Deconstruction-and-religion operates actively when it theorizes in a new way. Deconstruction-and-religion begins from a deconstructive framework that is both post-structuralist and post-phenomenological. The framework provides a means of identifying and exposing illegitimate doctrines or interpretations from within monotheistic traditions. Through the use of careful historical analysis, linguistic critique, and logical scrutiny, deconstruction-and-religion resolves interpretive tensions from within theological discourses while at the same time creating space for unforeseen developments in theological expression.
Deconstruction-and-religion operates passively when it takes a historical, descriptive approach to analyzing the corpora of various traditions of theology. In its passive mode, deconstruction-and-religion examines theological traditions to take note of documented instances of reified or unnatural theological concepts expanding only to later be dismissed or significantly transformed. An example of an unnatural concept rising and falling is the medieval Christian understanding of indulgences. The historical deterioration or mutation of theological concepts is referred to as "self-deconstruction" by Jean-Luc Nancy. The idea of self-deconstruction echoes Friedrich Nietzsche's idea that the highest Western values devalue themselves.
John D. Caputo has a distinctive approach to deconstruction-and-religion that he calls "weak theology". According to Caputo, the distinctive reinterpretive act of weak theology has resulted in the notion of the "weakness of God". The paradigm of God as an overwhelming physical or metaphysical force is regarded as mistaken. The old God-of-power is displaced with the idea of God as an unconditional claim without force. As a claim without force, the God of weak theology does not physically or metaphysically intervene in nature.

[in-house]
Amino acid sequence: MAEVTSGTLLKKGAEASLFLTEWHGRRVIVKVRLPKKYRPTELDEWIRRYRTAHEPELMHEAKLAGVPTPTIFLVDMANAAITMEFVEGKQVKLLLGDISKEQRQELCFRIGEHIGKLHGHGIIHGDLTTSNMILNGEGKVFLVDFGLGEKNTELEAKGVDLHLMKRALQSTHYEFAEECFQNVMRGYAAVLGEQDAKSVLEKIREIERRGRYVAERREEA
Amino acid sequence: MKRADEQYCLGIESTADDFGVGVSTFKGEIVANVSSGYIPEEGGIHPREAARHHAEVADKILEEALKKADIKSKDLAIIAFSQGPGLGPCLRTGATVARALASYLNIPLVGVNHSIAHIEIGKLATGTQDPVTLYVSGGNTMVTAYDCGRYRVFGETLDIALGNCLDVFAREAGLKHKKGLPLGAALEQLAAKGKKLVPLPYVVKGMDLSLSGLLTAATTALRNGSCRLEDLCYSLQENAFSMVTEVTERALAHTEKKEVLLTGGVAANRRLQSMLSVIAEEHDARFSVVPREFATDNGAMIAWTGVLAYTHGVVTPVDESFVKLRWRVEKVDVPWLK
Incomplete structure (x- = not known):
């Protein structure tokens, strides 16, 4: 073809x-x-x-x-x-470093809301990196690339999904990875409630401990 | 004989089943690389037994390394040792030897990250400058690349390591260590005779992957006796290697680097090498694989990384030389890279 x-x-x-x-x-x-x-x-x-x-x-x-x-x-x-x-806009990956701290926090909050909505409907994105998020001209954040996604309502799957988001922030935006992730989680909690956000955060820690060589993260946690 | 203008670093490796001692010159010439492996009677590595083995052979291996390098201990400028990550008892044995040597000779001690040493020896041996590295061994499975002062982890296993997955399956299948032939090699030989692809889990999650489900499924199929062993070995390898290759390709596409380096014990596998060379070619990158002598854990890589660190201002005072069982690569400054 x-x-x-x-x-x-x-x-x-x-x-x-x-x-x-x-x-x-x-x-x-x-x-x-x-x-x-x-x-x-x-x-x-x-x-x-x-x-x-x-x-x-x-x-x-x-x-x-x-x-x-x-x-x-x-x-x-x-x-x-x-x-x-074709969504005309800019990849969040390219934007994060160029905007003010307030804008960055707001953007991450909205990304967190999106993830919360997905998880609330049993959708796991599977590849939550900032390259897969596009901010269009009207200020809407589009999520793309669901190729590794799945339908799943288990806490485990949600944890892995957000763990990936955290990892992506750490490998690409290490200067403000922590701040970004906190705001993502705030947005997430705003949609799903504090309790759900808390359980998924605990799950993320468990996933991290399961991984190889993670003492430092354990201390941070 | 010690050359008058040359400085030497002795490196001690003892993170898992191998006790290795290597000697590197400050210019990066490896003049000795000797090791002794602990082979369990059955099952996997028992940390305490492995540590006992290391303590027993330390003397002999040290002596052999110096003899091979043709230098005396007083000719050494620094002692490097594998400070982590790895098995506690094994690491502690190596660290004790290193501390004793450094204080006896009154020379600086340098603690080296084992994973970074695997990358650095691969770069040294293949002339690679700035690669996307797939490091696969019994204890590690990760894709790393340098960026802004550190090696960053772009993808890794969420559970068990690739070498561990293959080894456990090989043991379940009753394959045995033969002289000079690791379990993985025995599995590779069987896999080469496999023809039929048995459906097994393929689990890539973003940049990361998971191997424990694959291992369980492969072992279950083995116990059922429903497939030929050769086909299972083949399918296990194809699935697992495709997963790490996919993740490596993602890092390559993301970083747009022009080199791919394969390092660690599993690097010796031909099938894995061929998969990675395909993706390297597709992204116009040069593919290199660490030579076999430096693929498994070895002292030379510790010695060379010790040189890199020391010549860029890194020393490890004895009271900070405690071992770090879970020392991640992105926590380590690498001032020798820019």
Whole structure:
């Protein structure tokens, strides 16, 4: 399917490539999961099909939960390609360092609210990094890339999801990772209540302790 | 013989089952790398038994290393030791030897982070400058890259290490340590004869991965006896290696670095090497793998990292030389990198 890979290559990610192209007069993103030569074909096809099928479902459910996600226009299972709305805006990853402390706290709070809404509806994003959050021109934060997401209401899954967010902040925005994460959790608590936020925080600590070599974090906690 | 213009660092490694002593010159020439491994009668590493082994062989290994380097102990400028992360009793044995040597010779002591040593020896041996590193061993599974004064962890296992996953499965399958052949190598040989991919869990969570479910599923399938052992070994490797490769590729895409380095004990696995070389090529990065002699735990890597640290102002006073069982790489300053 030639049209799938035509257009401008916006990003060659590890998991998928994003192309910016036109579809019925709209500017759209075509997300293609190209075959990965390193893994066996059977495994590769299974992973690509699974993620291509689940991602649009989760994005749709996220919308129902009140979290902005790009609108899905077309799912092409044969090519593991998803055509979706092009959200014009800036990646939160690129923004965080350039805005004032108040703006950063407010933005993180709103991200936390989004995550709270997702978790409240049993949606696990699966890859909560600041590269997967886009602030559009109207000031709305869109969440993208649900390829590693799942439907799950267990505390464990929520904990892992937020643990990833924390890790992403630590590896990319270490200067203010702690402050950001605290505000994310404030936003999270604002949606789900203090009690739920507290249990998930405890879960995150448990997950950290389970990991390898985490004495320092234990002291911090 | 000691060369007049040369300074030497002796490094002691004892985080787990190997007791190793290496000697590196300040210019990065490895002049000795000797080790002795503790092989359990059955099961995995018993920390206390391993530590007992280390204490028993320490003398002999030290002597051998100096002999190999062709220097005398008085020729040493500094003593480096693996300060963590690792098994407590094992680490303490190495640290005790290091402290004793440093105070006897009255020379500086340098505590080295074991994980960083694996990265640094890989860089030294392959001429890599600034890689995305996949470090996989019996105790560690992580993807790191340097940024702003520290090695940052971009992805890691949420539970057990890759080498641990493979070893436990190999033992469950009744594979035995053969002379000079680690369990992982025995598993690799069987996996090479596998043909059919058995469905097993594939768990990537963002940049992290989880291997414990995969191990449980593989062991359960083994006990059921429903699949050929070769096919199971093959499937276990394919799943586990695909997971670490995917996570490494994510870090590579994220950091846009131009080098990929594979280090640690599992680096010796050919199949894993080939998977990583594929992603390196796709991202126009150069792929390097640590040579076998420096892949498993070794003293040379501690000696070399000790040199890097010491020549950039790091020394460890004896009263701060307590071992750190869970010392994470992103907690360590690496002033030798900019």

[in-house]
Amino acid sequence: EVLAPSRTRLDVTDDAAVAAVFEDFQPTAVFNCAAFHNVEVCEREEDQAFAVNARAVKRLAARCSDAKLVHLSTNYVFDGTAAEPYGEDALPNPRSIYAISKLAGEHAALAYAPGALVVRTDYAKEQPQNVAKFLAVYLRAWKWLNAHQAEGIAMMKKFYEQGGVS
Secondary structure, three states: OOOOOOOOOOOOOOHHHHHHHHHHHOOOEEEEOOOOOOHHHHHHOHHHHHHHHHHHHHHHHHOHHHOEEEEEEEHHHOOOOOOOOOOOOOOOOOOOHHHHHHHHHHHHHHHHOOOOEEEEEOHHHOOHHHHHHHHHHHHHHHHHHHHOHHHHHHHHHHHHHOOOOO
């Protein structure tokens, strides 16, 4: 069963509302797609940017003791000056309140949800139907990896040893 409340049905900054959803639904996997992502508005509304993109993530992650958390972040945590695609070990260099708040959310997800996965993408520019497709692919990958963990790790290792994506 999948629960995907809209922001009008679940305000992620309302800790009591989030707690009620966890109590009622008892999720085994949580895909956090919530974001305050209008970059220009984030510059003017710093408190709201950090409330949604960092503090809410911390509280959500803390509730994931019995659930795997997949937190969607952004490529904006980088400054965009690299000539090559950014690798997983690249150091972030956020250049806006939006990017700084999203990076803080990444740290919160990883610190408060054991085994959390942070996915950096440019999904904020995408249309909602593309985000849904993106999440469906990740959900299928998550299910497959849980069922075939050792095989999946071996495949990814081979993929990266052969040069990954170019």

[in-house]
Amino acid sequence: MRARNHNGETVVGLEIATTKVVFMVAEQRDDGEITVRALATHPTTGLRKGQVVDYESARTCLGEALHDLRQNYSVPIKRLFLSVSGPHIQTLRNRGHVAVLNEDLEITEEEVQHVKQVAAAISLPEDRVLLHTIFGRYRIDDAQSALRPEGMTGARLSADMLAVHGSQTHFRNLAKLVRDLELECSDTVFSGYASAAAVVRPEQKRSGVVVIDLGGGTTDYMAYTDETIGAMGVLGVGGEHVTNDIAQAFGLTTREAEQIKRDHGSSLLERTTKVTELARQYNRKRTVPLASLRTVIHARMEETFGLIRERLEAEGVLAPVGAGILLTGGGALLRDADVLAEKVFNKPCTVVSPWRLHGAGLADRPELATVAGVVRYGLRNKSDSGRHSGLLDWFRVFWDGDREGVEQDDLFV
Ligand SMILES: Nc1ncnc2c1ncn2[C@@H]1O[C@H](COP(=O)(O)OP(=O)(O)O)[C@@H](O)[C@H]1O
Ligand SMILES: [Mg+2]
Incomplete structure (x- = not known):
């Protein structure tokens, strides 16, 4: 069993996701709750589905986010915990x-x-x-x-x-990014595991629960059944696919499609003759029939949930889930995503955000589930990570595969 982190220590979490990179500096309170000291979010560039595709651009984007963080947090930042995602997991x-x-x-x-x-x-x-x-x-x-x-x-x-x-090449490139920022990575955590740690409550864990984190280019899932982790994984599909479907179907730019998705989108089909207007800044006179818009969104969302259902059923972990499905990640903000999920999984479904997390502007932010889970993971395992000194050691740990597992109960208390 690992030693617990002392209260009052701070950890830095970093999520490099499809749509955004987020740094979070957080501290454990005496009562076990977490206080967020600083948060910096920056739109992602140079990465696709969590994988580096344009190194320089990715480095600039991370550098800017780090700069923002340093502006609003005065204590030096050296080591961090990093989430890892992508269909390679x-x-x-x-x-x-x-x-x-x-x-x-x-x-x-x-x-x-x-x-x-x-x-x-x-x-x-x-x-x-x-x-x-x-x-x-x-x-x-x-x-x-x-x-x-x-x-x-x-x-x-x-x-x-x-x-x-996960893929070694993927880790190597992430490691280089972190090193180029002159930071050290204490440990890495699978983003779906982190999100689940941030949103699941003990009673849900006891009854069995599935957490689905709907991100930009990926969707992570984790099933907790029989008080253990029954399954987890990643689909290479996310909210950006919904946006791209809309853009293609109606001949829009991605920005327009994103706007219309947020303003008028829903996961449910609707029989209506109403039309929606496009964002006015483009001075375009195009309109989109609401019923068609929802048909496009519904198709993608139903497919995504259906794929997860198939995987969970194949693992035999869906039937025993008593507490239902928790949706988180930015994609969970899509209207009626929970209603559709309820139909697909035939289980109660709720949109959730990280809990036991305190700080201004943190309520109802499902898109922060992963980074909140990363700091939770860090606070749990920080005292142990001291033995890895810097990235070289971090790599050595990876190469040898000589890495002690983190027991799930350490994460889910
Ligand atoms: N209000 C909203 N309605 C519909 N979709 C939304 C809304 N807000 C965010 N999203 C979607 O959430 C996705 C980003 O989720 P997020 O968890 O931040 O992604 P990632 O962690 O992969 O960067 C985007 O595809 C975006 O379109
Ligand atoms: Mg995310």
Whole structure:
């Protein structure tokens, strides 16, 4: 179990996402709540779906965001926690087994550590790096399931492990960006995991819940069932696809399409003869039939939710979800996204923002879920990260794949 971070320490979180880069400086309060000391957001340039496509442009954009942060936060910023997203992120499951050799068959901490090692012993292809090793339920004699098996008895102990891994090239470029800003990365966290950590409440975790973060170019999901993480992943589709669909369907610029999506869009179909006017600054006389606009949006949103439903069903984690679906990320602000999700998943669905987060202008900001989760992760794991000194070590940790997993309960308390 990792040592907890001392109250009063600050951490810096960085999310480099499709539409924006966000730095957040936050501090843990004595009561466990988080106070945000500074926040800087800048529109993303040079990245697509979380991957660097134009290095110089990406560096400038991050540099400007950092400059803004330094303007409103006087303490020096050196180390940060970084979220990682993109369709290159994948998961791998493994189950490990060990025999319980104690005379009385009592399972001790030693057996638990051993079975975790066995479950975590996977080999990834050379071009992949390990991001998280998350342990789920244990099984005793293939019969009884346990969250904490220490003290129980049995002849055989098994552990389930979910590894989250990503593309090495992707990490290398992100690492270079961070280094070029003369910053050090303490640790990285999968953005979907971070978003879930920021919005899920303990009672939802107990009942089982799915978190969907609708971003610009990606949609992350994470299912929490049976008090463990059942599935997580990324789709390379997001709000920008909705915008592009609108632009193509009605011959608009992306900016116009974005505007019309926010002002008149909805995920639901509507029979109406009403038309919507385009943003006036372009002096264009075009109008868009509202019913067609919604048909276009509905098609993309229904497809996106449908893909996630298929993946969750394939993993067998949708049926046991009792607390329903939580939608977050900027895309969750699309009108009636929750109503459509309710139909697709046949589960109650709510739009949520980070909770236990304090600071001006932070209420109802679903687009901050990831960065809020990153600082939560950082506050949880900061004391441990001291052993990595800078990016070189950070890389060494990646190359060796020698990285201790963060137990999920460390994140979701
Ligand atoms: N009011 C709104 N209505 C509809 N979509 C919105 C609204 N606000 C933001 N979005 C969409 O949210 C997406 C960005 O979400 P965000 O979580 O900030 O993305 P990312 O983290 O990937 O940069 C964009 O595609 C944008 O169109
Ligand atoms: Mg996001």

Essentially, the idea of God in Caputo's thought is an alternate name for particular manifestations of undeconstructibility. The idea of God as an undeconstructible follows a line of ethical thinking that moves from Martin Buber to Emmanuel Levinas to Jacques Derrida. Caputo works the idea out in the following way:
On the classical account of strong theology, Jesus was just holding back his divine power in order to let his human nature suffer. He freely chose to check his power because the Father had a plan to redeem the world with his blood. ... That is not the weakness of God that I am here defending. God, the event harbored by the name of God, is present at the crucifixion, as the power of the powerlessness of Jesus, in and as the protest against the injustice that rises up from the cross, in and as the words of forgiveness, not a deferred power that will be visited upon one’s enemies at a later time. God is in attendance as the weak force of the call that cries out from Calvary and calls across the epochs, that cries out from every corpse created by every cruel and unjust power. The logos of the cross is a call to renounce violence, not to conceal and defer it and then, in a stunning act that takes the enemy by surprise, to lay them low with real power, which shows the enemy who really has the power. That is just what Nietzsche was criticizing under the name of ressentiment.
— John D. Caputo, The Weakness of God: A Theology of the Event